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Tiered Instruction and Intervention - General Questions

What type of scheduling in a middle school setting has proven to work well with the RTI model for Tier 2 and 3 pull out groups. Example: 55 minute classes, 90 minute classes, etc. We run 55 minute classes and just started the model. I am finding, in Science, that pull out groups are not given enough time.

Response from Lori Smith, Principal, Cheyenne Mountain Junior High School, Colorado Springs, CO:

When evaluating a schedule for intervention, it must fit the goal of the intervention.


For example, in our building, we have 44 minute periods for all classes whether they are intervention or regular classes. Therefore, it is important to determine if the goal of the intervention is remediation of science concepts taught in class (a double-dip approach), in which case I believe 90 additional minutes is too much, or if the goal is to teach perhaps specific vocabulary related to science, which can be done in shorter more consistent intervals within 55 minutes. Either way, I think teachers and interventionists can work around time constraints by using elective times, PE, or other non-academic time. It's most important to have the buy-in of the parents to help support creative scheduling. However, that support cannot come without educating parents on the whys of the intervention goals for the student and sharing of regular progress monitoring data with the parents. I think you can make intervention time work in just about any setting, but you have to have parent support if it means giving up an elective or exploratory time. At our school, we don't really give parents a choice about giving up elective time, we simply send information home in a letter to parents stating the intervention their student will receive, its duration, and the rationale. If for some reason they refuse, that is a parent choice and we honor it. So, in essence, we tell the parents "the plan" and very few, when they read the rationale and goals for their student, refuse to participate. We also make it a point not to intervene with kids so much that they can't take an elective; it's more of an incentive plan or will be in this intervention until you show adequate progress (usually a semester) and if you succeed, you get to take an elective in the spring. This approach seems to work well with our kids and parents.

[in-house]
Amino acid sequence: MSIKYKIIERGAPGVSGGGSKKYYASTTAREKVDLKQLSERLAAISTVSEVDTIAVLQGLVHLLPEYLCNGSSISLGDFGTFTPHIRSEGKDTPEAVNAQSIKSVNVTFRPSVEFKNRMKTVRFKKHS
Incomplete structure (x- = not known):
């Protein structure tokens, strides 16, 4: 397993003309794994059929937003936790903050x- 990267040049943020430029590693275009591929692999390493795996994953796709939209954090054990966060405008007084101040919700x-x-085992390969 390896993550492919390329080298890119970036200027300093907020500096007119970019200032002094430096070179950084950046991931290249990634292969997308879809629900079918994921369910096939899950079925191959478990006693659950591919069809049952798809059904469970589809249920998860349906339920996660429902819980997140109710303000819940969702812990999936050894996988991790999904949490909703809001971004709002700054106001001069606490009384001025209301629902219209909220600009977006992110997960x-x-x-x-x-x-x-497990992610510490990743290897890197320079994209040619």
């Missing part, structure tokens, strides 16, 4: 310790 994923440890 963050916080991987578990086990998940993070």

Lastly, think outside the box; time constraints should not drive intervention—intervention purpose should drive schedule and time!

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